More than 80 percent of those victims between January and November were civilians, the international human rights group said following a two-week mission to the volatile area, AP reported.
People in Cameroon’s Far North “are living in terror,” said Samira Daoud, Amnesty International’s Acting Regional Director for West and Central Africa.
“Many of them have already witnessed Boko Haram attacks and lost family members or friends,” she said. “They no longer ask whether there will be further attacks but when they will take place – they feel completely abandoned by the authorities.”
Boko Haram’s decade-long insurgency began in northeastern Nigeria and has spilled across borders into Cameroon, as well as Niger and Chad. The group has killed tens of thousands of people, displaced millions and created one of the world’s largest humanitarian crises.
In recent years some fighters have pledged allegiance to the Daesh (ISIL or ISIS) group, creating a new threat. Amnesty said the resurgence in northern Cameroon comes after longtime President Paul Biya had called the group “a residual threat” back in January.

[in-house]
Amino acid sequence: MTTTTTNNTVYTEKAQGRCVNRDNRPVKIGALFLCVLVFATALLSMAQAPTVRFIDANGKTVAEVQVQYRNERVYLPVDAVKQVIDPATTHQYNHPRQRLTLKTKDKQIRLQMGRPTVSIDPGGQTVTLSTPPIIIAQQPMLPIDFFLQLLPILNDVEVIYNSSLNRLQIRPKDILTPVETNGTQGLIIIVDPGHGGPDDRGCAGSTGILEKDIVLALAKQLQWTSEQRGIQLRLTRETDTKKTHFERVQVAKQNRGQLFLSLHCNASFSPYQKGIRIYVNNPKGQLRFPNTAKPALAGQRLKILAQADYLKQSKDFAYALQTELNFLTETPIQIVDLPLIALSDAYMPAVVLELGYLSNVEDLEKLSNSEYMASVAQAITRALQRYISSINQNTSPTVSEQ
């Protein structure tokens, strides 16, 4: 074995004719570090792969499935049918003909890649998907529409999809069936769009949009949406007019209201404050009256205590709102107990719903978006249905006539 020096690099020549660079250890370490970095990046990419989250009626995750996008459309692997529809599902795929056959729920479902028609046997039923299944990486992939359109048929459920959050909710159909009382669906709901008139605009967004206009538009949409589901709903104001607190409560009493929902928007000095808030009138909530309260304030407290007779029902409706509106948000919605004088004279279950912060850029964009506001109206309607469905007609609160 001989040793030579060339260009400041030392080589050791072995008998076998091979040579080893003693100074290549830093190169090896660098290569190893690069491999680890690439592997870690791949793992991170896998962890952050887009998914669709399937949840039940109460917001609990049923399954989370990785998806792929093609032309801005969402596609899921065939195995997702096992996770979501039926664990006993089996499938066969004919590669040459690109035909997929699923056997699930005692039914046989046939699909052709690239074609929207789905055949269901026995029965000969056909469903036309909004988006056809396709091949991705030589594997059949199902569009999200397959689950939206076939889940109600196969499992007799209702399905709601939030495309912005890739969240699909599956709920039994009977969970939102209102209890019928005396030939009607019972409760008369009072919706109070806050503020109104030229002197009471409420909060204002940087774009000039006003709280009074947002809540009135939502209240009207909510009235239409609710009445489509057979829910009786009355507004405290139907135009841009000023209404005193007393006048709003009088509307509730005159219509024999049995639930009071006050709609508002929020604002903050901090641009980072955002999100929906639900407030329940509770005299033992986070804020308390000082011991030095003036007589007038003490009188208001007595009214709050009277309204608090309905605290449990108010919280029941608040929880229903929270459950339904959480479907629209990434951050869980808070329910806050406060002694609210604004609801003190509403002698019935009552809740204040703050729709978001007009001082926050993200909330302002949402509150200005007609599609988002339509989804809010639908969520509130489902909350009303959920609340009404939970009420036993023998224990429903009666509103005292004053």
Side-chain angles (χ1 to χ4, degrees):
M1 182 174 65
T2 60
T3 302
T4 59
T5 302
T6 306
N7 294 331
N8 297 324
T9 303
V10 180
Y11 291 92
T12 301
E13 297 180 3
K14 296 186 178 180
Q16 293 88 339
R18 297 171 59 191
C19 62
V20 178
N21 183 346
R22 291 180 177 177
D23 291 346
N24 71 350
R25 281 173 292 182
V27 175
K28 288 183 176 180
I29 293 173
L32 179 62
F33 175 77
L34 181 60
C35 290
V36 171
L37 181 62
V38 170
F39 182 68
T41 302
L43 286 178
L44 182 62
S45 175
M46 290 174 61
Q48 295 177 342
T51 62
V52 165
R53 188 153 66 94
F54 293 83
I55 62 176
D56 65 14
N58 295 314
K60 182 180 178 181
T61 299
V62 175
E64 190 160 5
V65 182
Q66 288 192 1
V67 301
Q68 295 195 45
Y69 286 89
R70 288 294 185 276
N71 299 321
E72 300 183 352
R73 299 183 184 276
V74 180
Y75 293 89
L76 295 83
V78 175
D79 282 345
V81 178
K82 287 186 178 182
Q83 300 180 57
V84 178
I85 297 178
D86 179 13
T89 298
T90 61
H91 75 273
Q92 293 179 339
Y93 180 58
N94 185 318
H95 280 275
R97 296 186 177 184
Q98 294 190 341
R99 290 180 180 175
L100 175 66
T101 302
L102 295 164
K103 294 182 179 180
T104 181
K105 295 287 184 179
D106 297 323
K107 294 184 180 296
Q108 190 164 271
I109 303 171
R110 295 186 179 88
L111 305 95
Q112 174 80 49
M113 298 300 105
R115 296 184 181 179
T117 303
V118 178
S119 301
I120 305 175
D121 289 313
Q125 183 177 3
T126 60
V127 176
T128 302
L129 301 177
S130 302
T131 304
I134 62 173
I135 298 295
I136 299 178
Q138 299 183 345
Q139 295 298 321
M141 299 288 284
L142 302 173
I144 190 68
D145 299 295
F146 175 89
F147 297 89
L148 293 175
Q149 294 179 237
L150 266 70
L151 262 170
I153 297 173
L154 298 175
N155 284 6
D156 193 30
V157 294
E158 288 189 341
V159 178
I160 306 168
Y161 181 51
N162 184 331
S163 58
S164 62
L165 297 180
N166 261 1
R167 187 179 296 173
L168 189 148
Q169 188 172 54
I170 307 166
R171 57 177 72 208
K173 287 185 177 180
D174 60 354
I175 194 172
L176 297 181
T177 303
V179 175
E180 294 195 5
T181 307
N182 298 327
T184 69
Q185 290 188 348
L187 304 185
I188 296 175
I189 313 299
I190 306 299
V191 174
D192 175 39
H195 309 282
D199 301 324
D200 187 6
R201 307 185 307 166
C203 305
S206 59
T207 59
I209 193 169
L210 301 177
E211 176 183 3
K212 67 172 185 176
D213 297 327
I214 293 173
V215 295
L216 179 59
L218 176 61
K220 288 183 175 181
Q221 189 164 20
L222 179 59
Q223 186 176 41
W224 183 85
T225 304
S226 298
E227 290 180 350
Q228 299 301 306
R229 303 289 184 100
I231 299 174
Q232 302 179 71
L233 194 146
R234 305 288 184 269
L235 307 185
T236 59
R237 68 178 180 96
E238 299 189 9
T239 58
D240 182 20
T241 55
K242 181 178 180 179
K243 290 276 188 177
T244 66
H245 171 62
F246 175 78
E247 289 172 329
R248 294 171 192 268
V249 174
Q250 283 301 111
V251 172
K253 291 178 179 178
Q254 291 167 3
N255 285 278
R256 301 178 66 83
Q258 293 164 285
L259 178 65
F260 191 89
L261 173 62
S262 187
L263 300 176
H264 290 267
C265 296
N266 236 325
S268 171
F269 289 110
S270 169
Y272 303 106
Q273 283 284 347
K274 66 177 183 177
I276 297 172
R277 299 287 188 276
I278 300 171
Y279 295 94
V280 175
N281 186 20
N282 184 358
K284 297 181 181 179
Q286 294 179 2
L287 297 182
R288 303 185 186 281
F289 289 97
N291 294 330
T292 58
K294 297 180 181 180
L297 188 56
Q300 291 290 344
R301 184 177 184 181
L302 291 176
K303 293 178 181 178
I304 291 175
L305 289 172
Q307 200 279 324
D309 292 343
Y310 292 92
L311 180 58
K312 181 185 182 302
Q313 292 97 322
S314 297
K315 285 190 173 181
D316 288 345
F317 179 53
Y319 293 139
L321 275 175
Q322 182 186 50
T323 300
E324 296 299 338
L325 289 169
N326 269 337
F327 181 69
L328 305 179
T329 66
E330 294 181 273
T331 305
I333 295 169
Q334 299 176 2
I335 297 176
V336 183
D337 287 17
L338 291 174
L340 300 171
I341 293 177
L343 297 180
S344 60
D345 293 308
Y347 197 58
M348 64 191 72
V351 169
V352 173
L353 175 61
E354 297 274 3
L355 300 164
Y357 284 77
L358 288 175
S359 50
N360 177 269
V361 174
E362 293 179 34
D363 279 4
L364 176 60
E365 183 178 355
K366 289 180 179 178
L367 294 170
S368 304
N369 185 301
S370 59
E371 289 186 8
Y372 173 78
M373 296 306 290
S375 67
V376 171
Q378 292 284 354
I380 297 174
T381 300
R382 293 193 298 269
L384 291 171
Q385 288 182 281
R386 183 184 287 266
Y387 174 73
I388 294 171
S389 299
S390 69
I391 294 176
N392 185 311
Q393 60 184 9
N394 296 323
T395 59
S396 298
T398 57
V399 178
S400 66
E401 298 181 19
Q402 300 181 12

There was no immediate comment from the government though in the past it has sharply criticized reports from international human rights groups.
In 2014, Boko Haram drew the world’s attention with the mass kidnapping of nearly 300 Nigerian schoolgirls from Chibok. While many of the schoolgirls have since been freed, countless other people abducted over the decade remain lost to their loved ones.
Amnesty International said it interviewed women in northern Cameroon who also had been abducted by Boko Haram and had later escaped.
“They were told that their villages could live in peace if all the inhabitants did the same and that they would be able to go home to collect their children,” Amnesty said, citing two women who had managed to get away in July.
Biya, who has been in power since 1982, has had to deal not only with extremist violence in Cameroon’s north but also with attacks by separatists in the country’s English-speaking regions.
Nearly 3,000 people have died since 2017 in fighting in those regions where English-speaking separatists say they have been marginalized by the federal government. The violence has forced more than 500,000 people from their homes.